We have yet to see any result from third-party crash tests on the Tesla Model 3, but we are still learning about the safety performance of the car through real-world accidents.

Now an owner reports back on what could be the first reported Model 3 rollover accident.

All-electric vehicles are often hard to roll over thanks to their often large battery pack installed at the bottom of the vehicle – keeping the center of gravity really low.

But it doesn’t mean that they can’t roll over. Enough speed combined with hitting an object acting as a ramp and you can see pretty much any car fly.

It’s exactly what happened to a Model 3 owner’s wife this week.

He shared his wife’s accident on the Tesla subreddit (reprinted with permission):

“Figured I would share this since it may be the first rollover accident of a Model 3. It happened earlier this week, my wife was the only one in the car at the time and her memory of the events is blurry because everything happened so fast but the following is what we know.

She was traveling on the freeway at approximately 70mph in the left lane. The car collided with a second vehicle in the middle lane. The front driver side of the Model 3 then hit the cement median with enough force to shear the front wheel off. Then the slide sideways and started rolling. A witness said the car rolled “several times” before finally settling upside down. The other car also hit the median, though much less violently, and we believe the driver was uninjured.”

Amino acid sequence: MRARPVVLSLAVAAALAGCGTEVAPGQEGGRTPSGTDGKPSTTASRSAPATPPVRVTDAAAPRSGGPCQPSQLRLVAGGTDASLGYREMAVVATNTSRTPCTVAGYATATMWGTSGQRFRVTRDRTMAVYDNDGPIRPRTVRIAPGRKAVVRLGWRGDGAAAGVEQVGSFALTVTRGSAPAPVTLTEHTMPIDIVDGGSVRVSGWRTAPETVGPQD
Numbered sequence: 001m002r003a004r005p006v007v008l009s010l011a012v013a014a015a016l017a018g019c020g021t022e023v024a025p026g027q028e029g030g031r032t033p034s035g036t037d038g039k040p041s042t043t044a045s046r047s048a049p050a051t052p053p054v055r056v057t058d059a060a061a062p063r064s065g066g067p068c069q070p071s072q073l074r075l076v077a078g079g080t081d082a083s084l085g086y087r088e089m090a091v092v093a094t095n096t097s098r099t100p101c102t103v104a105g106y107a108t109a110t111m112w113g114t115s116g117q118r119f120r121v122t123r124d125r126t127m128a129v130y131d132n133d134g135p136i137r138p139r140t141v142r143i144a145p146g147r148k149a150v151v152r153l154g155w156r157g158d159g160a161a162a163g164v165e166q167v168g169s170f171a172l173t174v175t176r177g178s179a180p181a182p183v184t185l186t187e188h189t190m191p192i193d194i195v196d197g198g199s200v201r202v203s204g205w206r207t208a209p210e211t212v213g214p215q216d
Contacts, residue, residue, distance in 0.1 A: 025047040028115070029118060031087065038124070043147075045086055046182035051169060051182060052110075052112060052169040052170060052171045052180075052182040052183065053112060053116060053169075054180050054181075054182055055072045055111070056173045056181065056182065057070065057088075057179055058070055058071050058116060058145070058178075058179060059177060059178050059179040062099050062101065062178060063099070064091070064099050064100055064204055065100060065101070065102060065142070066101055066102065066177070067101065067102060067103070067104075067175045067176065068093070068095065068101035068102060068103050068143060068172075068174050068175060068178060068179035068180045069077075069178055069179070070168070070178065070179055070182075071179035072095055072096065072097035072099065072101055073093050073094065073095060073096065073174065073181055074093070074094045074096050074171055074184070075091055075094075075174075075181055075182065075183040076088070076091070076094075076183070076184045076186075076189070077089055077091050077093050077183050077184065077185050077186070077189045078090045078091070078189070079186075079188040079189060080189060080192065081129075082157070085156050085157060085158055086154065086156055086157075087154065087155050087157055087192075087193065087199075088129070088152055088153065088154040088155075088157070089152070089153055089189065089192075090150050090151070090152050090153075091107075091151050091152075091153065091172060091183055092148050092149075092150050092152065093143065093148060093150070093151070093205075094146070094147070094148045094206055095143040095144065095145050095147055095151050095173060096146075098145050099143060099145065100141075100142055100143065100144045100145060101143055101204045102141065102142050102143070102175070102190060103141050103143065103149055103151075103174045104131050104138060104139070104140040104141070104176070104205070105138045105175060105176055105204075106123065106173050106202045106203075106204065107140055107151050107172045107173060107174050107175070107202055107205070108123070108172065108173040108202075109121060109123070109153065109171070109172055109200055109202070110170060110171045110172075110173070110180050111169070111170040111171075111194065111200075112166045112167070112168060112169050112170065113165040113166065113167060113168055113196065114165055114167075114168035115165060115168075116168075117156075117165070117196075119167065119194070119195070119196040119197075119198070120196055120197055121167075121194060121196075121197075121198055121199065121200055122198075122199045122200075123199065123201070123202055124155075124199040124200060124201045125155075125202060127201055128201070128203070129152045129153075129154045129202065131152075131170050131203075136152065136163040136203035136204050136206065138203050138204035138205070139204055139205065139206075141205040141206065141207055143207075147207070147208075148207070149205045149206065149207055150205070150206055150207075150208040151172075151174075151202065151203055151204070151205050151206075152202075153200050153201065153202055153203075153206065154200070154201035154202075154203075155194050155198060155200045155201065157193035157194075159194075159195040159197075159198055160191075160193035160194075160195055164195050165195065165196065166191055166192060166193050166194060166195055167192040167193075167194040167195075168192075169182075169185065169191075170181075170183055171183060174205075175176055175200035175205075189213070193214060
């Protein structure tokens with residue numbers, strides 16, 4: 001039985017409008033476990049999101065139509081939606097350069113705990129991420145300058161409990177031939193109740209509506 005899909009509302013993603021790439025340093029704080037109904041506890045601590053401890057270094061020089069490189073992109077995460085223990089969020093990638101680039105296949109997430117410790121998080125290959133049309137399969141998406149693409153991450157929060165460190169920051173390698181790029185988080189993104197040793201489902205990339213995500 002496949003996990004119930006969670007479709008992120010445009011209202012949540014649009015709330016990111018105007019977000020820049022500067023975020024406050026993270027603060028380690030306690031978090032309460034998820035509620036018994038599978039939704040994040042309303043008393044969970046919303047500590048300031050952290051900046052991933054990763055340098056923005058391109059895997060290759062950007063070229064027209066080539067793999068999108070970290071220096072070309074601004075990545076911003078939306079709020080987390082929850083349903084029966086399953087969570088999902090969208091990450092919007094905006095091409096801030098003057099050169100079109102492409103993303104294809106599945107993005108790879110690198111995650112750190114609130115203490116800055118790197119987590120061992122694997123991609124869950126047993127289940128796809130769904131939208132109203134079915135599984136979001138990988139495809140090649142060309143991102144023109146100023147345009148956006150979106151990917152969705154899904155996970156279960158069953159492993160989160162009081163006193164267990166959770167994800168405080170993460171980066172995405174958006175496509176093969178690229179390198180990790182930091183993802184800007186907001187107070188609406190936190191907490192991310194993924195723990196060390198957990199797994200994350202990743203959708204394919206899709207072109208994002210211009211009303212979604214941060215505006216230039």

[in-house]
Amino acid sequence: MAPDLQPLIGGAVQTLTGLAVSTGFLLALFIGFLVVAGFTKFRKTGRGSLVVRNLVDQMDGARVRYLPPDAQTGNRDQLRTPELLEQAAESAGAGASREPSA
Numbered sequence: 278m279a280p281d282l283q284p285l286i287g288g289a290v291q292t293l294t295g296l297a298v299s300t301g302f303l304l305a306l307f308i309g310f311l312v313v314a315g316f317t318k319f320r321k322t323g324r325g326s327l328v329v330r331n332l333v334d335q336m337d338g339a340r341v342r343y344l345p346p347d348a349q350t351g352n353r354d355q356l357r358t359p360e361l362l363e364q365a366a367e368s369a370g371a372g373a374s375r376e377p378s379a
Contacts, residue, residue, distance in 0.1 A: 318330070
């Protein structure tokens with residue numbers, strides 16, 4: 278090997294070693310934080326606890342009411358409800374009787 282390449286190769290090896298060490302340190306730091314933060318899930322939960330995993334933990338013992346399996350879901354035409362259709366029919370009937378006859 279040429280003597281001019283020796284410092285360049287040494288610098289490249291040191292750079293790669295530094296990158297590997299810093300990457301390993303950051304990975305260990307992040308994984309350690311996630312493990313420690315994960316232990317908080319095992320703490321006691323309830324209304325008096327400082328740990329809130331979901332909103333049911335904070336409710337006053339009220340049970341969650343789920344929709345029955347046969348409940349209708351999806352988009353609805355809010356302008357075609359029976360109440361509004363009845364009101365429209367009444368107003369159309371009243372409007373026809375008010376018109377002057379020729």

He shared images of the aftermath of the accident after the “several” rolls:

The owner says that his wife was able to exit the car and sustained “only minor injuries.” He explains:

“Several good people immediately stopped and helped her. Surprisingly the drivers side window rolled down (actually up) and the door was able to be opened with the normal button (as opposed to the emergency release). She initially thought she was fine but was convinced to head to the hospital in an ambulance as a precaution. Turns out that was a good idea because there was a compression fracture in one of her vertebrae. They released her after a few hours and she is recovering well. There was also several bruises, a small friction burn from the airbags, and general soreness the day after.”

As for the car, he believes it “performed exceptionally well.” He added:

“I thought the car performed spectacularly from a safety standpoint. The driver seat airbags protected her during the roll including one underneath the steering wheel for her legs which I didn’t even know was there. As you can see from the photos the cabin was completely intact. The windshield and glass roof obviously shattered but they did not intrude into the cabin at all.”

Again, we still haven’t seen official safety ratings for the Model 3, but Tesla claims that it is always the number one priority and like Model S and Model X, it is aiming for a 5-star rating with NHTSA.

Last year, Tesla said in their shareholder’s letter that they had positive results from early Model 3 crash tests:

“Initial crash test results have been positive, and all Model 3-related sourcing is on plan to support the start of production in July.“

We know that the IIHS is currently testing the Model 3 and back in May, they released their first Tesla Model 3 safety test results, but it doesn’t include crash test results yet.

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